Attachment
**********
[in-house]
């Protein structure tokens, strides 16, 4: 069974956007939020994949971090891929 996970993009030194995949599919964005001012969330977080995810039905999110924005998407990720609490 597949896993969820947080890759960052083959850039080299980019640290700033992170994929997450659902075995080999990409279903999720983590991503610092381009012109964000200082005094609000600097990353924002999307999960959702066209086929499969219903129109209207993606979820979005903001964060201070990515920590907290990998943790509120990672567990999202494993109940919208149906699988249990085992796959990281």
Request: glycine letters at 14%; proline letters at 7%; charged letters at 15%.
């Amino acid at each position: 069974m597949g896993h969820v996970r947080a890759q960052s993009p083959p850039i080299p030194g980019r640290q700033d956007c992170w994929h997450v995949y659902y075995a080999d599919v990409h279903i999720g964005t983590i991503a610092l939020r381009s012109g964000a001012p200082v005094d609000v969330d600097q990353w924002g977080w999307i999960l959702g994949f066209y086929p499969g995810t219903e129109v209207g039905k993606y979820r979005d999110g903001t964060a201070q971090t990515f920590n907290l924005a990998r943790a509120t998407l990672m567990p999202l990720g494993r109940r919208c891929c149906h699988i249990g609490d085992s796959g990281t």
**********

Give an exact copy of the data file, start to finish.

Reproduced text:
[in-house]
């Protein structure tokens, strides 16, 4: 069974956007939020994949971090891929 996970993009030194995949599919964005001012969330977080995810039905999110924005998407990720609490 597949896993969820947080890759960052083959850039080299980019640290700033992170994929997450659902075995080999990409279903999720983590991503610092381009012109964000200082005094609000600097990353924002999307999960959702066209086929499969219903129109209207993606979820979005903001964060201070990515920590907290990998943790509120990672567990999202494993109940919208149906699988249990085992796959990281």
Request: glycine letters at 14%; proline letters at 7%; charged letters at 15%.
């Amino acid at each position: 069974m597949g896993h969820v996970r947080a890759q960052s993009p083959p850039i080299p030194g980019r640290q700033d956007c992170w994929h997450v995949y659902y075995a080999d599919v990409h279903i999720g964005t983590i991503a610092l939020r381009s012109g964000a001012p200082v005094d609000v969330d600097q990353w924002g977080w999307i999960l959702g994949f066209y086929p499969g995810t219903e129109v209207g039905k993606y979820r979005d999110g903001t964060a201070q971090t990515f920590n907290l924005a990998r943790a509120t998407l990672m567990p999202l990720g494993r109940r919208c891929c149906h699988i249990g609490d085992s796959g990281t």